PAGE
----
Noninvasive assessment of steatosis and viability of cold-stored human liver grafts by MRI.
Young LAJ., Ceresa CDL., Mózes FE., Ellis J., Valkovič L., Colling R., Coussios C-C., Friend PJ., Rodgers CT.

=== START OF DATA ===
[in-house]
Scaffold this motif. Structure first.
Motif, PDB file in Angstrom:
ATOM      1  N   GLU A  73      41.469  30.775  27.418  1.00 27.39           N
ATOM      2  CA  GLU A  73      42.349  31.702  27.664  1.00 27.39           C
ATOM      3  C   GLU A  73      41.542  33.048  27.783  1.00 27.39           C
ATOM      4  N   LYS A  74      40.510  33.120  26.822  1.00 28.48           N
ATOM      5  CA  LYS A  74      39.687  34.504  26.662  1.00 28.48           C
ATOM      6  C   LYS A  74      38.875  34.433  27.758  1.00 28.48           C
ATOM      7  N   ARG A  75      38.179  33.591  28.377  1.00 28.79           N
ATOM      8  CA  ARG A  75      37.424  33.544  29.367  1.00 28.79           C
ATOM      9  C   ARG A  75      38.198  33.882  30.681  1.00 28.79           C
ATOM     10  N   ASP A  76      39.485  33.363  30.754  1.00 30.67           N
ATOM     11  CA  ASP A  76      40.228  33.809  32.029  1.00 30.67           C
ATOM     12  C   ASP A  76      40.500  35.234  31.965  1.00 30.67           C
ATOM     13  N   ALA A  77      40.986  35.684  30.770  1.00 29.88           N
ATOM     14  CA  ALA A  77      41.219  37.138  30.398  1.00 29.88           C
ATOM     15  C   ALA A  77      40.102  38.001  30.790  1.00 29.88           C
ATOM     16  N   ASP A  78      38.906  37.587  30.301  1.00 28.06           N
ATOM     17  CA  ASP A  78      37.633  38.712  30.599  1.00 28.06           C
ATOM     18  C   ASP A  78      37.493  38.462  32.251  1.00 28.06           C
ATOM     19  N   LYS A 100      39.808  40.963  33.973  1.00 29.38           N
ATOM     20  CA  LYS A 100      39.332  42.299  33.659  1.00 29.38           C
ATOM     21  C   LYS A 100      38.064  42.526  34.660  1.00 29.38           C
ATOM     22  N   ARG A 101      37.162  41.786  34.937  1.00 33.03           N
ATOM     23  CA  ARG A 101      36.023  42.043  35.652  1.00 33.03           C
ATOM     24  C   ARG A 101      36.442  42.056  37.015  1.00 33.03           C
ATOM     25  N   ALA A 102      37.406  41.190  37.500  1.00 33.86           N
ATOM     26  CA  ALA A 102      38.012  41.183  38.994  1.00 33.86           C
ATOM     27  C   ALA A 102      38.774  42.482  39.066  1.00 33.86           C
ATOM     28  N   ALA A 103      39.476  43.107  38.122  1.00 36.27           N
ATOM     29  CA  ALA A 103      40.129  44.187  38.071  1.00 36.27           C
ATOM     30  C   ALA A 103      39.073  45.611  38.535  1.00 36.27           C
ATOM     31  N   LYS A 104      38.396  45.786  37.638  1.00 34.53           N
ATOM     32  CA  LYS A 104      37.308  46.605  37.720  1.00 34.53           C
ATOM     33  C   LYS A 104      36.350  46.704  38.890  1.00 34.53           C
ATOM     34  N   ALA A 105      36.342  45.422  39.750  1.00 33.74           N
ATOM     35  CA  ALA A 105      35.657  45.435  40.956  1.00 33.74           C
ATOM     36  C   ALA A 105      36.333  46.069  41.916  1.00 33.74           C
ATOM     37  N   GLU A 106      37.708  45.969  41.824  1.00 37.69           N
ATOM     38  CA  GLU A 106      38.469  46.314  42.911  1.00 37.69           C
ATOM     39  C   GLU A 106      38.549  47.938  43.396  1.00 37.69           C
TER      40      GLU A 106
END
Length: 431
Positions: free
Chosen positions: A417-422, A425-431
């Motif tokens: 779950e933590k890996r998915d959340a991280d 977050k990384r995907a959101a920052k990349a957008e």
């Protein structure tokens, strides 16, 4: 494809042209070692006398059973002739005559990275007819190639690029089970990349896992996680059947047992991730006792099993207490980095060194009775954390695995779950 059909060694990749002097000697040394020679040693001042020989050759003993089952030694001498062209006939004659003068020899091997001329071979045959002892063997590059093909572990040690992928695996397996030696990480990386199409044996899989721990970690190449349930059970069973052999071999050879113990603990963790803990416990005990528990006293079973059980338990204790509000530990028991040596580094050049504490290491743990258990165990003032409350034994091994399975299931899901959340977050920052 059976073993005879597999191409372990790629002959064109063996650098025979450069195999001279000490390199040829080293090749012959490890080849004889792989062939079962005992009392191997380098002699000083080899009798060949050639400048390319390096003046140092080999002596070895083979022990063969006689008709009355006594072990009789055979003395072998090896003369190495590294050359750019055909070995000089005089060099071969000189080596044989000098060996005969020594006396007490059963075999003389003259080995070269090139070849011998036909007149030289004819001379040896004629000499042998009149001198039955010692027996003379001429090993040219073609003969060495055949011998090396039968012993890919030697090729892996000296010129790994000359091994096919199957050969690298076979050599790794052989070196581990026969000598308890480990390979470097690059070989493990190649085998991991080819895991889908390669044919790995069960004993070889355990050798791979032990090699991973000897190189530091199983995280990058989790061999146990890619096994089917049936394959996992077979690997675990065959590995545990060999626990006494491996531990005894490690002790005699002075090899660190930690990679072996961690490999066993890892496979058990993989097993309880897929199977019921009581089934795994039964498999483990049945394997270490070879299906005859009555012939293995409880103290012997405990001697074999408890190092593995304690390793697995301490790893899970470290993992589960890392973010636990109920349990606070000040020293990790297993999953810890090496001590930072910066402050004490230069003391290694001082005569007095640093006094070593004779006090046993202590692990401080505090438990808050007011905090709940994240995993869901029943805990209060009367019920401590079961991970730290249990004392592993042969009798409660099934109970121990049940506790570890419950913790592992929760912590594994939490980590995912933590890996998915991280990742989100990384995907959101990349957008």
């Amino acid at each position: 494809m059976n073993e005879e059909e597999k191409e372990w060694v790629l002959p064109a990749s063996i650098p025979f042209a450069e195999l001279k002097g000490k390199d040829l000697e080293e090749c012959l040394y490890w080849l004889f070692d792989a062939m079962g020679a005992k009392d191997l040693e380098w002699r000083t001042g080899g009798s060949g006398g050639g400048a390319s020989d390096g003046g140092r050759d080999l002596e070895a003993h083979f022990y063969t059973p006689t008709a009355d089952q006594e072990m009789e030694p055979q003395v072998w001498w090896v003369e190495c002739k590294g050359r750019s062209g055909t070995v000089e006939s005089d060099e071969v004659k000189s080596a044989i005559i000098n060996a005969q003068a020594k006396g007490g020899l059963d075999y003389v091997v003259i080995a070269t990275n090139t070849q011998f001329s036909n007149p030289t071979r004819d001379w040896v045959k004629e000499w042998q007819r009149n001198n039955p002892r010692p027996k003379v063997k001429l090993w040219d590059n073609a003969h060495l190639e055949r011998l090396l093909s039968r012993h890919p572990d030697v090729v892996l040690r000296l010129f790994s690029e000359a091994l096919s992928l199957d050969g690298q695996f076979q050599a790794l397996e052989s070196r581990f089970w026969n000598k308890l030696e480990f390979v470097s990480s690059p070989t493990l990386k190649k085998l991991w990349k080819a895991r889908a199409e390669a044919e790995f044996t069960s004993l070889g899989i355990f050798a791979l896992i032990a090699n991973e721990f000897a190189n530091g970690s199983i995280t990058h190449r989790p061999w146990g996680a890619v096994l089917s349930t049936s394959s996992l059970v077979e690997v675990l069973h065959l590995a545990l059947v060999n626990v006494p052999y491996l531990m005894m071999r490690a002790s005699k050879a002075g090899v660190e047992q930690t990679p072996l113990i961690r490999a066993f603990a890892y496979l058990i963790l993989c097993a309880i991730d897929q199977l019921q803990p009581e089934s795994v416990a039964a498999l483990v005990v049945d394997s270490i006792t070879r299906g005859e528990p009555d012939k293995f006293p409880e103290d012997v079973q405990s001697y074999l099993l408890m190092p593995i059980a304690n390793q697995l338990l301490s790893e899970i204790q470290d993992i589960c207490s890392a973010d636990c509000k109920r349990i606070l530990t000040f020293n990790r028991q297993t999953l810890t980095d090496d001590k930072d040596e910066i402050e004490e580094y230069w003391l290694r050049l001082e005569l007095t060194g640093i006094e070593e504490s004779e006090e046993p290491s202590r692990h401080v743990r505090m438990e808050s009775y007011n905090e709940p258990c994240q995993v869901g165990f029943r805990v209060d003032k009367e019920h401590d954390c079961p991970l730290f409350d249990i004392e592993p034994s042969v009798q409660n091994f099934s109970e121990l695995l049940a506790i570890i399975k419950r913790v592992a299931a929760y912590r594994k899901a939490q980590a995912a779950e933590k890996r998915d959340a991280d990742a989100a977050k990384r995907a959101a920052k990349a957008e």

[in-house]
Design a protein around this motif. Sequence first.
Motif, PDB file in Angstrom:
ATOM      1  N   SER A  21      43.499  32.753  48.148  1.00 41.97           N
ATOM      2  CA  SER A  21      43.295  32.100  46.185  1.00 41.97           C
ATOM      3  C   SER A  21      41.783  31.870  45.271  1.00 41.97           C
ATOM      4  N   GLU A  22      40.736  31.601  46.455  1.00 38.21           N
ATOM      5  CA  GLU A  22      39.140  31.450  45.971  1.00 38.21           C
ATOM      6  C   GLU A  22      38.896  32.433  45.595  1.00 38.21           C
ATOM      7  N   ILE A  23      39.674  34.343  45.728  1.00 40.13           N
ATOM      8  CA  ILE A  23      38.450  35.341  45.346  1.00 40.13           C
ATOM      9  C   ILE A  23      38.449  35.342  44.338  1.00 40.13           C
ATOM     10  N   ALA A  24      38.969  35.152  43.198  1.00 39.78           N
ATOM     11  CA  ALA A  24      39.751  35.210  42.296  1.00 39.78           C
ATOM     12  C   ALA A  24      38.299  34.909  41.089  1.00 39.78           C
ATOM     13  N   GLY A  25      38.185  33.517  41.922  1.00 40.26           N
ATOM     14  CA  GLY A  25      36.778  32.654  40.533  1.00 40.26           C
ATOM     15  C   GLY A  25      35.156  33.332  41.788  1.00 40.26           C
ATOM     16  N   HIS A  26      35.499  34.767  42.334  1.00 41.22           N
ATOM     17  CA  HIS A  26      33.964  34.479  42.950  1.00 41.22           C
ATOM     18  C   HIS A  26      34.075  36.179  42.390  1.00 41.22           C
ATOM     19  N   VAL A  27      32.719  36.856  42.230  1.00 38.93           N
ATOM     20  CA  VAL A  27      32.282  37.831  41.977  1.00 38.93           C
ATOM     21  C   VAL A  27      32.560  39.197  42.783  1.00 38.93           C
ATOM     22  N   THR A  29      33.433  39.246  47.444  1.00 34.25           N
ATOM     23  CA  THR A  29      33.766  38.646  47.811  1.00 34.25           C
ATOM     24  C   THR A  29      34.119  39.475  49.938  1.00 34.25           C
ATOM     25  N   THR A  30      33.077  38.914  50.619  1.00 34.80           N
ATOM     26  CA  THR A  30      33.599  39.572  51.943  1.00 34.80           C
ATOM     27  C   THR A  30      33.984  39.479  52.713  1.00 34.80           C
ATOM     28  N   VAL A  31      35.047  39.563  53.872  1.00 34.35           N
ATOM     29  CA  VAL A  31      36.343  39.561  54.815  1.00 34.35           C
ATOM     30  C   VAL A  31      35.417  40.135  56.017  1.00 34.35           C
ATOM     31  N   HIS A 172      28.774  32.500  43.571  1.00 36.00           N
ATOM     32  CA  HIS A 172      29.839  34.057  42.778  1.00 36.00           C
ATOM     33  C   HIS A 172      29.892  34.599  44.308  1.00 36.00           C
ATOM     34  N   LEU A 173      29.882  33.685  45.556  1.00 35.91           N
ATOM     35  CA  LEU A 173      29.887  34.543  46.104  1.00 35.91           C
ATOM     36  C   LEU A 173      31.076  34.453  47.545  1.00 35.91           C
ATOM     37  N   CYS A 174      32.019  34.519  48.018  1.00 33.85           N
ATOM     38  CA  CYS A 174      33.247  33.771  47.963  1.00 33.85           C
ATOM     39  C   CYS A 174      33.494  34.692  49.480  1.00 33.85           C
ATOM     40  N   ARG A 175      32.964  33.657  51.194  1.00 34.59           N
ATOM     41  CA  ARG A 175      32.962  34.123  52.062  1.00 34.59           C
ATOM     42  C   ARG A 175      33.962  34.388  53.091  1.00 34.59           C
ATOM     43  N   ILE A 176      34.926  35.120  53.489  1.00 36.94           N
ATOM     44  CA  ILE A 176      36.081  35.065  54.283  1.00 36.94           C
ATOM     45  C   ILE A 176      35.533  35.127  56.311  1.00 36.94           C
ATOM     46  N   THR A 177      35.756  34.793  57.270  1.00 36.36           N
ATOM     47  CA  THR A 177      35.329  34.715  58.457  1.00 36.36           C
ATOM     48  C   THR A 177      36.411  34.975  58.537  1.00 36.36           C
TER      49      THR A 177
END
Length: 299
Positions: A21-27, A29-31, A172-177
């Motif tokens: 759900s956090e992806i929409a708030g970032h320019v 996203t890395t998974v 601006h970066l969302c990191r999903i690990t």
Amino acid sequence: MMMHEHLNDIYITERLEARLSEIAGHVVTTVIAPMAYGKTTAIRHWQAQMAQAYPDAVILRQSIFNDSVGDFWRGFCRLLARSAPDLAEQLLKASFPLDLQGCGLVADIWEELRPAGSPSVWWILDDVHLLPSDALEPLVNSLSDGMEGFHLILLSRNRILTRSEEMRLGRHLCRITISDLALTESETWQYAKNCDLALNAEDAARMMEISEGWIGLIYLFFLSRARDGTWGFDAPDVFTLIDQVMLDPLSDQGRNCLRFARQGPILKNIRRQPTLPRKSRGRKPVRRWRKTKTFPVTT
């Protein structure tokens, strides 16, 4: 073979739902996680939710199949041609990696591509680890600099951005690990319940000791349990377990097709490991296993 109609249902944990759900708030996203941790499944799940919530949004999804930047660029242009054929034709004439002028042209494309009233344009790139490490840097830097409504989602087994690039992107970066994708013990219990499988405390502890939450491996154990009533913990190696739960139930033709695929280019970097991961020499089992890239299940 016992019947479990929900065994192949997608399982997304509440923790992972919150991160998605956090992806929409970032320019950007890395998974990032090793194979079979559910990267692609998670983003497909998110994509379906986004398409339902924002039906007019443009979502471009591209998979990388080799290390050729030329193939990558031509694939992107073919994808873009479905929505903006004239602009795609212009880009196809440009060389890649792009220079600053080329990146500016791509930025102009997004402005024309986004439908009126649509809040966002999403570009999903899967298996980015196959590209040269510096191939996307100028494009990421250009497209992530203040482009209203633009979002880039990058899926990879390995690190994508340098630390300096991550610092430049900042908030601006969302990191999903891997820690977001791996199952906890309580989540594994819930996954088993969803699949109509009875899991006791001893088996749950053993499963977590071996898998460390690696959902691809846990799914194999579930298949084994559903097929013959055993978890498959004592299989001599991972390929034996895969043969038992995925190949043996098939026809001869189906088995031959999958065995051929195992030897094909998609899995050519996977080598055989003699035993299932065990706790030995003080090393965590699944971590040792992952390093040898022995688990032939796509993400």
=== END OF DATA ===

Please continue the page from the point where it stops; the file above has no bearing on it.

PURPOSE: A shortage of suitable donor livers is driving increased use of higher risk livers for transplantation. However, current biomarkers are not sensitive and specific enough to predict posttransplant liver function. This is limiting the expansion of the donor pool. Therefore, better noninvasive tests are required to determine which livers will function following implantation and hence can be safely transplanted. This study assesses the temperature sensitivity of proton density fat fraction and relaxometry parameters and examines their potential for assessment of liver function ex vivo. METHODS: Six ex vivo human livers were scanned during static cold storage following normothermic machine perfusion. Proton density fat fraction, T1 , T2 , and T 2 ∗ were measured repeatedly during cooling on ice. Temperature corrections were derived from these measurements for the parameters that showed significant variation with temperature. RESULTS: Strong linear temperature sensitivities were observed for proton density fat fraction (R2 = 0.61, P < .001) and T1 (R2 = 0.78, P < .001). Temperature correction according to a linear model reduced the coefficient of repeatability in these measurements by 41% and 36%, respectively. No temperature dependence was observed in T2 or T 2 ∗ measurements. Comparing livers deemed functional and nonfunctional during normothermic machine perfusion by hemodynamic and biochemical criteria, T1 differed significantly: 516 ± 50 ms for functional versus 679 ± 60 ms for nonfunctional, P = .02. CONCLUSION: Temperature correction is essential for robust measurement of proton density fat fraction and T1 in cold-stored human livers. These parameters may provide a noninvasive measure of viability for transplantation.